People in communities that deal with "real world" fears almost seem congratulatory if you're conscious of them.  Like you're a member of a strange and burdensome club.  I don't know how they cope with it.  For some victims, its a day-to-day slow progression.  You just do it because there's not much else going on and depression -- for all its attractions -- is fundamentally dull.

Now its not all pain and horror (obviously) and there's no sense dwelling on the ugliness.  Yet we're almost traumatized by the helplessness of protecting or trying to save people who are far away or out of our reach.  Charities are nice, but the problem is not solved; we can't seem to cure murder and poverty the way we cured Polio.  So we invent false heros (pick most revenge-themed or superhero movies) to sate real needs, but don't actually do anything. 

The new century has added insult to the injury of the World Wars some I suppose by looking a great deal similar to the century before.  It looks so much like things are going to stay on course for nowhere.

My best response is this analysis is no cause for a lack of response.  To just take on all the world's cares and pains is either a profound act of godhood and some sort of Jesus response, but unlike Jesus, we can't take on all the sins and die.  As humans its just a form of inaction and yet another superhero fantasy.  Similarly, to do nothing and ignore the pain is exactly the sort of thing this article is trying to avoid.  As usual, nothing is not an option and everything is not an option.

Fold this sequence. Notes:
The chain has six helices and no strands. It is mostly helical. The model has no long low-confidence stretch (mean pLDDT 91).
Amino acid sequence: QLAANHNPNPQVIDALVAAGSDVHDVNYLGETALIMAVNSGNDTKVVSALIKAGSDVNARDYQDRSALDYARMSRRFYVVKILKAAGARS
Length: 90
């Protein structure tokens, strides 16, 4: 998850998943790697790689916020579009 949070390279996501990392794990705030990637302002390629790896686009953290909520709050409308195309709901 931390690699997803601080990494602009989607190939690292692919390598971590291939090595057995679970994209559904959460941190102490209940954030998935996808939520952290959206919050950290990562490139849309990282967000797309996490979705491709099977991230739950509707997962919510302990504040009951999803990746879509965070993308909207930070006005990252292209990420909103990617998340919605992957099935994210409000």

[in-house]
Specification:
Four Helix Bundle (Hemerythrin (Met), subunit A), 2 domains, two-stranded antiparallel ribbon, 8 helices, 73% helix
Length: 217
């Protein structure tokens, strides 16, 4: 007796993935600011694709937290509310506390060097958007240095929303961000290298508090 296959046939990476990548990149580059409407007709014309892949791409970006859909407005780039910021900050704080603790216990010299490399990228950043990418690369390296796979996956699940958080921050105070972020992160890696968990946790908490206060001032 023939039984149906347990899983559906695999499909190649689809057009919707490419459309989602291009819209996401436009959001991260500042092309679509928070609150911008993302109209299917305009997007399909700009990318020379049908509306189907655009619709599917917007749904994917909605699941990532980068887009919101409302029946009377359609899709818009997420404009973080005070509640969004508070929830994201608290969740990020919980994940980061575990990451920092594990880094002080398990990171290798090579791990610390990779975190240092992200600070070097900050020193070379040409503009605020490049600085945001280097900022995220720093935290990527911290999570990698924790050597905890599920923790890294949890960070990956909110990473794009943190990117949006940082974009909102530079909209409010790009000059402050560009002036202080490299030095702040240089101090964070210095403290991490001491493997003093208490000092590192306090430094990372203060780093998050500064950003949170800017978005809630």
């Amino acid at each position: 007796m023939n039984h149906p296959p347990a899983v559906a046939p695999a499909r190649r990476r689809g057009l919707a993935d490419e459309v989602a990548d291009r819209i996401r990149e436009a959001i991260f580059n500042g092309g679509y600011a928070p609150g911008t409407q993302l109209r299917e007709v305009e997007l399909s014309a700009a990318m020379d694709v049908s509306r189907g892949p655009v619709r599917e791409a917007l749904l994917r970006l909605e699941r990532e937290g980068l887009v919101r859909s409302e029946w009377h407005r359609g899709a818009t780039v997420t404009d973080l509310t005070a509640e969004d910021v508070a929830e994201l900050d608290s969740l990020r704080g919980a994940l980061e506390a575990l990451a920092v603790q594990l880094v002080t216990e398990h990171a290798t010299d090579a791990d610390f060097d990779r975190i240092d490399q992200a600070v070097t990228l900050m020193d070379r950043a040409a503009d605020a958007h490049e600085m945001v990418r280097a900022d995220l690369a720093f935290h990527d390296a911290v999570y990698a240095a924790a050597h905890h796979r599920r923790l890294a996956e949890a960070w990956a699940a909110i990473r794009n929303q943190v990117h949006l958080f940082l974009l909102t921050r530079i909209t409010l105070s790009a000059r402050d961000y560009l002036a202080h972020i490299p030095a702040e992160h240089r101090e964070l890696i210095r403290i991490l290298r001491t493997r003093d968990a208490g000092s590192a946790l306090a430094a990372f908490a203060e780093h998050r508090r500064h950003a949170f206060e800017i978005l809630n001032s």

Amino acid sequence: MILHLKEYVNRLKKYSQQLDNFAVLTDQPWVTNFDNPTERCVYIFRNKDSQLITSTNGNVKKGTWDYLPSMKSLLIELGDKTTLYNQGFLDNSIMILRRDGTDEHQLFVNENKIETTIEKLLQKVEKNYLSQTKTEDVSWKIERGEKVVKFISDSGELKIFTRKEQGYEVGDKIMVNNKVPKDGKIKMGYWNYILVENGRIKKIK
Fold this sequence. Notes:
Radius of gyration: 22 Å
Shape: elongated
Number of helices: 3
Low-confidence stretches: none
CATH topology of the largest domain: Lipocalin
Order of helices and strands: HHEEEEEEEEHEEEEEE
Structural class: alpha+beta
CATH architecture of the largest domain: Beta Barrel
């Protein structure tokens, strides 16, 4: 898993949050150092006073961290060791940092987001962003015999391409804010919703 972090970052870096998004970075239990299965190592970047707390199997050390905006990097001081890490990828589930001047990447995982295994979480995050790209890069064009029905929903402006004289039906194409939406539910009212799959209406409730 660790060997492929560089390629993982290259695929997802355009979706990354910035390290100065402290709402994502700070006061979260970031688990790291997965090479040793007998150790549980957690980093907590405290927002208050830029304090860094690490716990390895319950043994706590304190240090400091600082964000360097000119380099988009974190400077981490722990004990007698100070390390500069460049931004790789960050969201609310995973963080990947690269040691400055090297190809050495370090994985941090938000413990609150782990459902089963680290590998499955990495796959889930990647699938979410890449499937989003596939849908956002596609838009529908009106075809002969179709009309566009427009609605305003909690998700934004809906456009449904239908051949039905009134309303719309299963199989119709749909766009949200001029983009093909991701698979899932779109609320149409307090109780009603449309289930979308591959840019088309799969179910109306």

Monday, October 17, 2011

Unhelpful Highschool Teacher

Ordinarily I don't think of memes as really valuable, but there are SO many in this series that I've seen in real life.  Upbeat, optimistic, and yet really terrible teachers must be a lot more common than I thought.

Thanks for crashing

Recent death of an Indy car driver makes me wonder if that's not something the organizers actively were hoping for.  Although its technically Nascar who has openly encouraged reckless driving, its entirely possible that Indy also felt that push.

Then I wonder if the joke isn't sort of on me: racing is going to be dangerous.  We can solve this whole dying problem if we just make everyone race at 30 mph or below, but who would watch that?  What's the point of high performance automobiles if they don't actually race?  Couldn't we surround the cars with impact-absorbing springs and big pockets of fire retardant?

What are reasonable safety precautions?

Tuesday, October 11, 2011

Republicans give more to charity than democrats?

So a 3 year old article by conservative thinker George Will caught my attention, suggesting that religious Republicans are more likely to give to charities.  The statistics are in dispute and I can't find any reputable media sources that have looked into this.

Assuming that conservatives give even just equal to liberals, it does challenge the criticism of conservatives who attack programs for the poor as simply bloodless and instead as genuinely seeking a non-government solution.